Review – 12/3/17

  1. Intestinal bacteria help determine healthy bowel function – they play a vital role in controlling peristalsis (colonic contractions that help move things through the GI tract). Scientific Reports


  1. Antibiotic exposure in mothers increases the risk of inflammatory bowel disease (Crohn’s and ulcerative colitis) in their offspring. Scientists have also shown that the antibiotic-induced changes in microbial genes are passed down from mothers to their offspring – and this most likely explains how IBD is hereditary; not from human genes, but from microbial genes that are altered (due to antibiotic exposure) and passed down from one generation to the next. Nature Microbiology


  1. Long-term PPI use leads to small intestinal bacterial overgrowth, or SIBO. If you’ve been taking PPI’s long-term and suspect you may have SIBO, check out Dr. Chutkan’s course, The Gutbliss Guide to SIBO, for specific instructions on how to obtain real and lasting relief. Journal of Breath Research


  1. While the study of diet and how it alters the gut microbiome is important, dietary impact on microbial status – and in turn, health – is an imperfect science. Researchers point out that a wide range of variability exists within the individual when looking at gut bacteria and how the gut microbiota changes in response to dietary interventions – this variability makes it difficult to arrive at conclusive and clinically relevant findings. Nutrition Reviews


  1. Should those donating stool for fecal microbiota transplantation (FMT) be screened for small intestinal bacterial overgrowth (SIBO)? Scientists found that those receiving stool from individuals who tested positive for SIBO, experienced significantly more GI symptoms than those who received stool from SIBO-negative donors. Digestive Diseases & Sciences


  1. Diet alters intestinal permeability and colitis severity. In a recent study scientists tested over 40 distinct diets and found that protein and fiber concentrations had the most significant effects on permeability and inflammation – psyllium, pectin, and cellulose fiber decreased severity, while methylcellulose and increased protein concentrations (in some mice) elevated severity. Gastroenterology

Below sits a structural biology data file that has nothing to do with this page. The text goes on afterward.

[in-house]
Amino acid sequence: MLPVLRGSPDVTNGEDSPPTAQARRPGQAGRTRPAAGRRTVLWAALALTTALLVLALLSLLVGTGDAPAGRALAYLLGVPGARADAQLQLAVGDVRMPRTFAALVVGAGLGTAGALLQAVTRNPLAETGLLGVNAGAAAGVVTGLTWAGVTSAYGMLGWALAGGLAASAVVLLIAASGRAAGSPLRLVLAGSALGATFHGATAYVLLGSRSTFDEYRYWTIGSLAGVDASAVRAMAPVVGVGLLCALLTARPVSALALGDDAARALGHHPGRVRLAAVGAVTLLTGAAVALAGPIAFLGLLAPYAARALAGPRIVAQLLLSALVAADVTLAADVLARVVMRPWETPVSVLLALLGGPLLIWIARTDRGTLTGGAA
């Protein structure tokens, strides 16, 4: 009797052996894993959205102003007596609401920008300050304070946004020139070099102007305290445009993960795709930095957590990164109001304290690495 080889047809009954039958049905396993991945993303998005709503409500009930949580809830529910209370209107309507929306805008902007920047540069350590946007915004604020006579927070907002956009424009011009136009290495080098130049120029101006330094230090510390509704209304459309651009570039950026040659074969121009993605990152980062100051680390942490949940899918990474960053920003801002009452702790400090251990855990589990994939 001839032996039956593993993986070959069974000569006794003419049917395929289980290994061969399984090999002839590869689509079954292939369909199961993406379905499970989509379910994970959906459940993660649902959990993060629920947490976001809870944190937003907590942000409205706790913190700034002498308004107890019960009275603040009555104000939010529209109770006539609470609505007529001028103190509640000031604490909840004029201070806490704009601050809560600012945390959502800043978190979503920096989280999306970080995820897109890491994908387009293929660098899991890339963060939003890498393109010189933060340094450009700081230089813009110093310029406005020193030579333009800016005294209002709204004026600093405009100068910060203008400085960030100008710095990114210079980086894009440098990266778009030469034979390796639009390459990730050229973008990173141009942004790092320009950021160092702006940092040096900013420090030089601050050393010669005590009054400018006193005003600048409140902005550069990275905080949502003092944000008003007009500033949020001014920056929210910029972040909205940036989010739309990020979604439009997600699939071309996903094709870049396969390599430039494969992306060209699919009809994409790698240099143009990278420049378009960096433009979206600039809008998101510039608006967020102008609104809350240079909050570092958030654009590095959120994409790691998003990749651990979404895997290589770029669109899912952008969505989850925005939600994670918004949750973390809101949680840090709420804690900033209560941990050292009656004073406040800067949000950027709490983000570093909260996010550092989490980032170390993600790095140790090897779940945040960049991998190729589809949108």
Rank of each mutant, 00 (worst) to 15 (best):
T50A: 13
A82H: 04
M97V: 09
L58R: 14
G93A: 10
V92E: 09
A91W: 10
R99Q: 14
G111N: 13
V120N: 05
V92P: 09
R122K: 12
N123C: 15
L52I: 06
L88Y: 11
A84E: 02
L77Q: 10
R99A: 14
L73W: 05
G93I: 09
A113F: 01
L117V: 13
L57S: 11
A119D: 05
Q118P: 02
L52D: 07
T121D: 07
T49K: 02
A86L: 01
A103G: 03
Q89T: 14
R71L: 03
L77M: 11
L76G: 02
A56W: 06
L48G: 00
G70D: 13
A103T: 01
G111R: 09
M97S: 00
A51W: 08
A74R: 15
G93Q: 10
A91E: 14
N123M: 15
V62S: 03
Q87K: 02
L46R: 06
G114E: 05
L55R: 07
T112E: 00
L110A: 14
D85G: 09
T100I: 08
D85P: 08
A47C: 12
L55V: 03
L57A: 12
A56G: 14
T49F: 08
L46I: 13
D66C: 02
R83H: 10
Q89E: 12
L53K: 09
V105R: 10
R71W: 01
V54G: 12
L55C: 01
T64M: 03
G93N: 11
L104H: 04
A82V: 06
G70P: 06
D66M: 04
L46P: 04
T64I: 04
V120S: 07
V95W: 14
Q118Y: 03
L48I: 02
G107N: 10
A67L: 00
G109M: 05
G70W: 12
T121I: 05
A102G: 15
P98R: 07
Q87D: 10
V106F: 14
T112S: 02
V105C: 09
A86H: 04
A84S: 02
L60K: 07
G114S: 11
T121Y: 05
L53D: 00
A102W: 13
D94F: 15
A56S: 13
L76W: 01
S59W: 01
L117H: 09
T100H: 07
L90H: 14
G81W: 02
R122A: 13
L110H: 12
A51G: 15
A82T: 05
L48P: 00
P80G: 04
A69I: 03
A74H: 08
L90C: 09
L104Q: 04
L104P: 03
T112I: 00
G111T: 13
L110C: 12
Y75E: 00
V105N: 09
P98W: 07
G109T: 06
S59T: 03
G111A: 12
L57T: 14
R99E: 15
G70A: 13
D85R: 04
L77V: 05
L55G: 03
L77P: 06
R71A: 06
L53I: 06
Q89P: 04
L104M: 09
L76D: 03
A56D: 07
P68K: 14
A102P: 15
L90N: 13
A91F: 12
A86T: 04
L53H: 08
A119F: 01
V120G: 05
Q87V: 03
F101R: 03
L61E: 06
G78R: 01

1. Antibiotic therapy during the neonatal period (birth to 1 month old) is associated with possible increased risk of disease and antibiotic resistance. In a review of the literature, prolonged antibiotic treatment was associated with reduced gut bacteria diversity (a marker of long-term health), while antibiotic treatment in general was associated with reduced colonization rates of protective bacteria. All studies included in the review showed a direct link between antibiotic treatment and antibiotic resistance. Journal of Antimicrobial Chemotherapy


  1. Fusobacteria nucleatum, one of the most prevalent bacteria strains found in colon cancer tumors, plays an integral role in contributing to – and possibly causing – colon cancer. When antibiotics that kill the bacteria are administered, colon tumor growth slows significantly. Are antibiotics the answer to colon cancer prevention and therapy? Researchers say no. Antibiotics not only kill Fusobacteria but lots of other bacteria that could be beneficial to the host’s health. Yet scientists continue to explore other antimicrobial therapies that could be successful in treating colon cancer. Science


  1. Significant differences exist in the first trimester vaginal microbiome between women who carry their babies to term and those who have pre-term deliveries. Scientists have created a promising clinical risk assessment for pre-term birth based on these findings. Scientific Reports


  1. Gut bacteria help regulate blood pressure, one of our longest standing markers of good health. A recent study illustrates that transplanting specific gut bacteria can induce hypertension in rats. Physiological Genomics


By: Leslie Ann Berg, MSPH